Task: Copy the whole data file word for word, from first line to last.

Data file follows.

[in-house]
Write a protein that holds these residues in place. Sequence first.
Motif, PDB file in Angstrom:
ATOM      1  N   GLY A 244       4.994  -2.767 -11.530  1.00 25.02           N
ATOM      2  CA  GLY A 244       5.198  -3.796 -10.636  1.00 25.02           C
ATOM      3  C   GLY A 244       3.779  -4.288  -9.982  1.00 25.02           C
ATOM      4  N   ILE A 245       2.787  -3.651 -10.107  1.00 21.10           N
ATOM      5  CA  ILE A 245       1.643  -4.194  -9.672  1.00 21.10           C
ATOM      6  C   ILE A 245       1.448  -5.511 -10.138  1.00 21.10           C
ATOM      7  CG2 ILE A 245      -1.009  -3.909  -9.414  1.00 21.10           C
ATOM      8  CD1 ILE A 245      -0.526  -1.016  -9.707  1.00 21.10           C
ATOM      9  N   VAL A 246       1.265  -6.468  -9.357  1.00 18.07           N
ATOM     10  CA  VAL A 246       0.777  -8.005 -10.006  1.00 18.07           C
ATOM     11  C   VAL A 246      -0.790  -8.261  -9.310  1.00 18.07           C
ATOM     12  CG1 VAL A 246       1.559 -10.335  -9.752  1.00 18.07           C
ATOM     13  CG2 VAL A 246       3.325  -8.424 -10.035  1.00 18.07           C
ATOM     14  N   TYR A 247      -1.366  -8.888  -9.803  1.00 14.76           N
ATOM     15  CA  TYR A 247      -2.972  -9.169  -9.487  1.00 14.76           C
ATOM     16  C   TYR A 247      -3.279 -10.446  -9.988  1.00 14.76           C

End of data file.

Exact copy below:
[in-house]
Write a protein that holds these residues in place. Sequence first.
Motif, PDB file in Angstrom:
ATOM      1  N   GLY A 244       4.994  -2.767 -11.530  1.00 25.02           N
ATOM      2  CA  GLY A 244       5.198  -3.796 -10.636  1.00 25.02           C
ATOM      3  C   GLY A 244       3.779  -4.288  -9.982  1.00 25.02           C
ATOM      4  N   ILE A 245       2.787  -3.651 -10.107  1.00 21.10           N
ATOM      5  CA  ILE A 245       1.643  -4.194  -9.672  1.00 21.10           C
ATOM      6  C   ILE A 245       1.448  -5.511 -10.138  1.00 21.10           C
ATOM      7  CG2 ILE A 245      -1.009  -3.909  -9.414  1.00 21.10           C
ATOM      8  CD1 ILE A 245      -0.526  -1.016  -9.707  1.00 21.10           C
ATOM      9  N   VAL A 246       1.265  -6.468  -9.357  1.00 18.07           N
ATOM     10  CA  VAL A 246       0.777  -8.005 -10.006  1.00 18.07           C
ATOM     11  C   VAL A 246      -0.790  -8.261  -9.310  1.00 18.07           C
ATOM     12  CG1 VAL A 246       1.559 -10.335  -9.752  1.00 18.07           C
ATOM     13  CG2 VAL A 246       3.325  -8.424 -10.035  1.00 18.07           C
ATOM     14  N   TYR A 247      -1.366  -8.888  -9.803  1.00 14.76           N
ATOM     15  CA  TYR A 247      -2.972  -9.169  -9.487  1.00 14.76           C
ATOM     16  C   TYR A 247      -3.279 -10.446  -9.988  1.00 14.76           C